Vail Valley Partnership CEO: We need to believe in better; partnerships will help us do that (column)
Imagine an environment where our local government agencies worked in concert with our nonprofit community to create public and private partnerships that have real results, with real solutions to community challenges such as workforce, business retention, air service development, tourism promotion and employee retention.
Last week in this space we explored public-private partnerships and shared examples of meaningful programs with measurable track records of success throughout the valley. Our first responsibility — as a community, as elected officials, as engaged citizens — should be setting priorities and working together to achieve our targets. Our community deserves nothing less. It is the role of government, and those entrusted with tax dollars through government contracts, to work hard to ensure a positive return on those investments.
Consider Eagle County’s externally focused strategic goals, including to promote a diverse and resilient economy, to be a great place to live for all and to protect the natural environment.
The simple truth is that these goals require community partnerships; county government isn’t structured to achieve these goals on their own. Take the Climate Action Plan as an example; a group of over 30 stakeholders worked together during 2016 to develop the Climate Action Plan for the Eagle County community.
Since then, the Climate Action Collaborative has been formed to implement the recommendations of the plan. Letters of intent have been signed by the following members: Eagle County Board of County Commissioners, the towns of Avon, Basalt, Eagle, Minturn, Vail and Red Cliff, and by Colorado Mountain College-Edwards Campus, Eagle County Schools, Eagle River Water and Sanitation District, Eagle River Youth Coalition, Edwards Metro District, Holy Cross Energy, R.A. Nelson, Vail Resorts, Vail Mountain School, Vail Valley Foundation, Walking Mountains Science Center and the Western Eagle County Metropolitan Recreation District.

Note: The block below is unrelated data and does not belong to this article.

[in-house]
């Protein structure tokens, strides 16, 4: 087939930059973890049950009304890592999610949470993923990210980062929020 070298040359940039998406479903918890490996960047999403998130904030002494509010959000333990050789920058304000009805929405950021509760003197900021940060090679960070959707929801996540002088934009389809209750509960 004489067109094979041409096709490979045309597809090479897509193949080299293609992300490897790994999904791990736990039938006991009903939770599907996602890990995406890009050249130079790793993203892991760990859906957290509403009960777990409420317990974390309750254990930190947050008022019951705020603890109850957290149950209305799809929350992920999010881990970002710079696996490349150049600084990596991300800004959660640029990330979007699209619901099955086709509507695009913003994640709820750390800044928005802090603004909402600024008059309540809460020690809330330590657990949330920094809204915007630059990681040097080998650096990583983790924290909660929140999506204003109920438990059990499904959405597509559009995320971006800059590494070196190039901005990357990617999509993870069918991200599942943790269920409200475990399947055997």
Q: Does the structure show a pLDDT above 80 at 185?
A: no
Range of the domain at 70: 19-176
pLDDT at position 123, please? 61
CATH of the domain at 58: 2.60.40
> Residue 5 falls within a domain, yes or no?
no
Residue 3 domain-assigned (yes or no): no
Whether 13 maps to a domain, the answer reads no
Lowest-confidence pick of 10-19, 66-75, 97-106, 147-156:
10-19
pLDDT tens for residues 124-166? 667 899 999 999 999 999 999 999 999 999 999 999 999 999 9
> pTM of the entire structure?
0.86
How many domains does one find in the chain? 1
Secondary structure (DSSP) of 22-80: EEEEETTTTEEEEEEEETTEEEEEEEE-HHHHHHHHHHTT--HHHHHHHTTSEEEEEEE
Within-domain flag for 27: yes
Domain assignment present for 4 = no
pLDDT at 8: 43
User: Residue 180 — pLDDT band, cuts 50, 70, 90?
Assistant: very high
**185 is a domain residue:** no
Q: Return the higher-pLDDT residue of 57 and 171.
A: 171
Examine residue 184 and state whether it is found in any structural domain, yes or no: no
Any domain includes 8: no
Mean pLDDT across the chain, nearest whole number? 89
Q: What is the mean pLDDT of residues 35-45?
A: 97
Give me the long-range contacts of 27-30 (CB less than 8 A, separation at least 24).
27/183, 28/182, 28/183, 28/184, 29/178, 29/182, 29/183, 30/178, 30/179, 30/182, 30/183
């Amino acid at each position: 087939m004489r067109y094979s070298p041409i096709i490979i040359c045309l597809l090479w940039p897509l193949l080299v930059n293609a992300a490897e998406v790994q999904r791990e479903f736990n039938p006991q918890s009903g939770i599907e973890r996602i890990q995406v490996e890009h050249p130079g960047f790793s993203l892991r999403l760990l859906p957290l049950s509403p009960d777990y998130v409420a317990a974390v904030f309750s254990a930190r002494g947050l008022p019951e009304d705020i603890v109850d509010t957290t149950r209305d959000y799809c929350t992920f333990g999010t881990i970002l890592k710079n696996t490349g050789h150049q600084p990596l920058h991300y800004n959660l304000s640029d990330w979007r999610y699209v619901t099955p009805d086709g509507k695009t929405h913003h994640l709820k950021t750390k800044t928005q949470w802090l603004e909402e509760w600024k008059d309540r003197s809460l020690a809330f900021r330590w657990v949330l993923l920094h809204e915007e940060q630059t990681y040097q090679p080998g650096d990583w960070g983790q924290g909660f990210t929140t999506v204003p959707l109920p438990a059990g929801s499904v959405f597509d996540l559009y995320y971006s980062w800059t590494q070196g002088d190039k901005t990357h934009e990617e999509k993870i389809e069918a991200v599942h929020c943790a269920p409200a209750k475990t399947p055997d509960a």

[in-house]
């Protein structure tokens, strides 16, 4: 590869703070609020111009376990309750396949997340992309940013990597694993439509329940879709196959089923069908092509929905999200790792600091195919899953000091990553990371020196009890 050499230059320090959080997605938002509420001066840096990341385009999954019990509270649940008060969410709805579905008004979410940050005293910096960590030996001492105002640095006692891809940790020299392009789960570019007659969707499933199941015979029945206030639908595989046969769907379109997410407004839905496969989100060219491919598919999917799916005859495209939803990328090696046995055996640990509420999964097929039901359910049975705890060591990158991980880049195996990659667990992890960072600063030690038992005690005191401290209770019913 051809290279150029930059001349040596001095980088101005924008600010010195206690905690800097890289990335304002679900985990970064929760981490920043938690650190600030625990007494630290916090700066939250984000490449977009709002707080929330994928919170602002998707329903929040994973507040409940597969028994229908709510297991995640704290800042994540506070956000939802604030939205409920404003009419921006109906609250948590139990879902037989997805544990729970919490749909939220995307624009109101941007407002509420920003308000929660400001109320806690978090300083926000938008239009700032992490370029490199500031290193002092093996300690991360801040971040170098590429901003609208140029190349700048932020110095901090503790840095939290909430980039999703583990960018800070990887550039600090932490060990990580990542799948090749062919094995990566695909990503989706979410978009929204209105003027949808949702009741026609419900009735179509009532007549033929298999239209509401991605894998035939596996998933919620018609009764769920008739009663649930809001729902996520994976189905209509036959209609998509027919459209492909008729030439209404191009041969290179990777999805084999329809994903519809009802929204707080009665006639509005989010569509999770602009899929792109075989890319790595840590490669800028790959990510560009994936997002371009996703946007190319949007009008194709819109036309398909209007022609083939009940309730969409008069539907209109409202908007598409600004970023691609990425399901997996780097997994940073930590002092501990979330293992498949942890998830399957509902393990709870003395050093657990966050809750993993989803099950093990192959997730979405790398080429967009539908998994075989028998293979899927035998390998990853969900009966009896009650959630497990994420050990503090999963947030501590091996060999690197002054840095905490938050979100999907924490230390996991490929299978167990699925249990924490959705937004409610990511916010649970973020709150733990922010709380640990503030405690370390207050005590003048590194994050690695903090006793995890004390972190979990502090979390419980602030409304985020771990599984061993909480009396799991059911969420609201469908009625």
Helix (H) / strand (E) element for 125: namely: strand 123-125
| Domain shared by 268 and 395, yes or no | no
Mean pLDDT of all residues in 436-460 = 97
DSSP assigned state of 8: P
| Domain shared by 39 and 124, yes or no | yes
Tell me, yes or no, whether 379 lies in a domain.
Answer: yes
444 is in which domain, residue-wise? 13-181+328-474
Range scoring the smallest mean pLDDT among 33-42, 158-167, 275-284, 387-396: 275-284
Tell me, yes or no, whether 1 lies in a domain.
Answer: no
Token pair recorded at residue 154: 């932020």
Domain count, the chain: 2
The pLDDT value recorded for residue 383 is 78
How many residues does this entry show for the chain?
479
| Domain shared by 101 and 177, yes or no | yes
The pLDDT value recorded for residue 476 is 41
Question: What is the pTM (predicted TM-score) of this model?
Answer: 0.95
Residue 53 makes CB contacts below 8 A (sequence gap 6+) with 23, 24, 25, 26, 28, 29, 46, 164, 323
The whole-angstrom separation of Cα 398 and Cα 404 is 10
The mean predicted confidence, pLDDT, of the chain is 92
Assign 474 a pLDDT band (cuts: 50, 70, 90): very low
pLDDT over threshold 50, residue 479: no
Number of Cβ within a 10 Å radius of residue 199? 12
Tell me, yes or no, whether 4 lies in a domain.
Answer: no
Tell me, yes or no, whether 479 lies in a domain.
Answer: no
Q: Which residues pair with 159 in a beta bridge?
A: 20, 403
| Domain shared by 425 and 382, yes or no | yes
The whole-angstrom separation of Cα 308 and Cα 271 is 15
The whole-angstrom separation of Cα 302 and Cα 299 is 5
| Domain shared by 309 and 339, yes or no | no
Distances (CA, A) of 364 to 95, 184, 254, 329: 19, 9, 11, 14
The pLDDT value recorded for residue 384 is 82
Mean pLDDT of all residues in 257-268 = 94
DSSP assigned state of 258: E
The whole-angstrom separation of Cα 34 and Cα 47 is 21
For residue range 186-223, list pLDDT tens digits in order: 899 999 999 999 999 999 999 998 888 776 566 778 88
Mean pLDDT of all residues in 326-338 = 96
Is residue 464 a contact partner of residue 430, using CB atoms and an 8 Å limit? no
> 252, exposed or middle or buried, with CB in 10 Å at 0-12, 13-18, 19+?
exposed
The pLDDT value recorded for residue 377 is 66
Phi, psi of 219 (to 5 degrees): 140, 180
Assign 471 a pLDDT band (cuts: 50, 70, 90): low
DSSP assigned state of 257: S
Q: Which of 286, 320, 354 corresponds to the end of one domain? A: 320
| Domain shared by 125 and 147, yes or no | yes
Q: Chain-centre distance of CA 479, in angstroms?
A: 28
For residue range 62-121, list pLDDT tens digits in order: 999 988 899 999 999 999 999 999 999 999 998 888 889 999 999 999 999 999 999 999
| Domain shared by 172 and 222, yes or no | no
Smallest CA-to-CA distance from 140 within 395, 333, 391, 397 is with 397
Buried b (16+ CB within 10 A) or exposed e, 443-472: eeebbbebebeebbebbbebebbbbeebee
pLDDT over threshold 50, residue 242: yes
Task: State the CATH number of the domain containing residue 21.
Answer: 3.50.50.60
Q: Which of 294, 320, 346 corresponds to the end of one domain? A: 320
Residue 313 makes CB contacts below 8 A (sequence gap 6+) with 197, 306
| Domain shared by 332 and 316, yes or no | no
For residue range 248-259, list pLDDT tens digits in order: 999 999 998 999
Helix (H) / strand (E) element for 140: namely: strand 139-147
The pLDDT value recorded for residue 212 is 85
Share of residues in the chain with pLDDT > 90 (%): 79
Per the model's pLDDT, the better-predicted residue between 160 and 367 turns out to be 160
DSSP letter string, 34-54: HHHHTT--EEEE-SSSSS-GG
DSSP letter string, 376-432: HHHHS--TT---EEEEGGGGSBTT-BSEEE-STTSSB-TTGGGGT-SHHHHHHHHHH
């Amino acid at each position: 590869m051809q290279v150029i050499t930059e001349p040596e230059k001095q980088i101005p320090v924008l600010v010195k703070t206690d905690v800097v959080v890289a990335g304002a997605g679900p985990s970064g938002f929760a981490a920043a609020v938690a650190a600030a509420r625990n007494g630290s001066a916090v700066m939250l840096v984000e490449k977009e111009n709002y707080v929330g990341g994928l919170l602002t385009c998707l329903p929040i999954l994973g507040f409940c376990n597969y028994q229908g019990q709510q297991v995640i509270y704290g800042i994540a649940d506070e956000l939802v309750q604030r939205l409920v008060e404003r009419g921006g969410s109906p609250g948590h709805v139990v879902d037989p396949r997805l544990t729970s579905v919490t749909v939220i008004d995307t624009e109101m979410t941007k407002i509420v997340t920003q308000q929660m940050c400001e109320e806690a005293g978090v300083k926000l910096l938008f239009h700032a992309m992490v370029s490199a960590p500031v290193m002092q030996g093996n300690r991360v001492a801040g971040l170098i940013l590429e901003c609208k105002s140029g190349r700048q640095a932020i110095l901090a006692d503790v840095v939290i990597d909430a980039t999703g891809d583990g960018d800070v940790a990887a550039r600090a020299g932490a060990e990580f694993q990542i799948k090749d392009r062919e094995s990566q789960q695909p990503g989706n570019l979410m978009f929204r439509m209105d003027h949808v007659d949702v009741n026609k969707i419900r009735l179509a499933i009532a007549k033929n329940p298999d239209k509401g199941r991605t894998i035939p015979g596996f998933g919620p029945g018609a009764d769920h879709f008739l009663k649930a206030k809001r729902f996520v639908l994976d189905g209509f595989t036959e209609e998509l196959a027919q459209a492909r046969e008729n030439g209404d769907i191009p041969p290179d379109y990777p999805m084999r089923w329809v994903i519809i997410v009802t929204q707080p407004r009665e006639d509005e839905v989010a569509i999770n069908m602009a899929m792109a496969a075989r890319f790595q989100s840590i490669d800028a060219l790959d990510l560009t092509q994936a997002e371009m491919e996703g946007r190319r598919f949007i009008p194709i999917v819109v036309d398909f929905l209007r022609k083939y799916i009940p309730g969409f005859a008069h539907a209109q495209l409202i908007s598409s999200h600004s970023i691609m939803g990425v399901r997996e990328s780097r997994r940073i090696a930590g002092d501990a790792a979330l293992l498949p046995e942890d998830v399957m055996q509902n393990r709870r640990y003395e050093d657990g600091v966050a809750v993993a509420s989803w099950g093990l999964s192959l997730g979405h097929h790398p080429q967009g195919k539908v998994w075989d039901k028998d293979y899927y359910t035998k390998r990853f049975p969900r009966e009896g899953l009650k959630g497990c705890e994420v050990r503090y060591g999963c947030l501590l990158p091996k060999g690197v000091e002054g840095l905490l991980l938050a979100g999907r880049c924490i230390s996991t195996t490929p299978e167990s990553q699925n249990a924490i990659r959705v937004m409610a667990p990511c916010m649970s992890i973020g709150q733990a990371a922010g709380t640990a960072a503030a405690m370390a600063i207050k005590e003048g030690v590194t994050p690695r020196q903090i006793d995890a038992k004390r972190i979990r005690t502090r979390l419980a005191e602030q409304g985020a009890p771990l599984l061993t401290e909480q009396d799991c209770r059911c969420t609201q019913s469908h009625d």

Partnerships are also required to address one of our biggest community needs: housing. Vail has set forth a strategic plan for maintaining and sustaining community through the creation and support of resident housing in Vail titled “Vail Housing 2027.” This sets in motion a strategic plan that proactively addresses the housing needs of the community. It is actionable in its implementation and changes the decision-making approach toward maintaining and sustaining homes for residents within the community.
This plan is ambitious and important; it will require public-private partnerships in order to achieve its goals. Many successful housing programs in the valley were built thanks to innovative public-private partnerships, including Miller Ranch in Edwards, Chamonix and Lions Ridge in Vail, and (coming soon) Spring Creek Village in Gypsum.
The commonality among successful partnerships lies in the trust between the participating parties (towns, organizations, government, businesses, people). Trust provides the foundation on which you build relationships. Trust is something we give, and something we receive. Most important, trust bonds us to others with whom we can achieve success — because successful partnerships result in greater outcomes than either party can achieve alone. The civic value of these partnerships extends beyond economic terms.
Seth Godin said it best: “Real trust (even in our modern culture) doesn’t always come from divulging, from providing more transparency, but from the actions that people take (or that we think they take) before our eyes. It comes from people who show up before they have to, who help us when they think no one is watching. It comes from people and organizations that play a role that we need them to play.”
I believe in better. Let’s get to work building and enhancing our public and private partnerships for the benefit of the community.
Chris Romer is president and CEO of the Vail Valley Partnership, the regional chamber of commerce. Learn more at http://www.vailvalleypartnership.com.
In terms of area, it’s the county’s smallest conservation deal ever. In terms of location, it’s one of the county’s rarest acquisitions.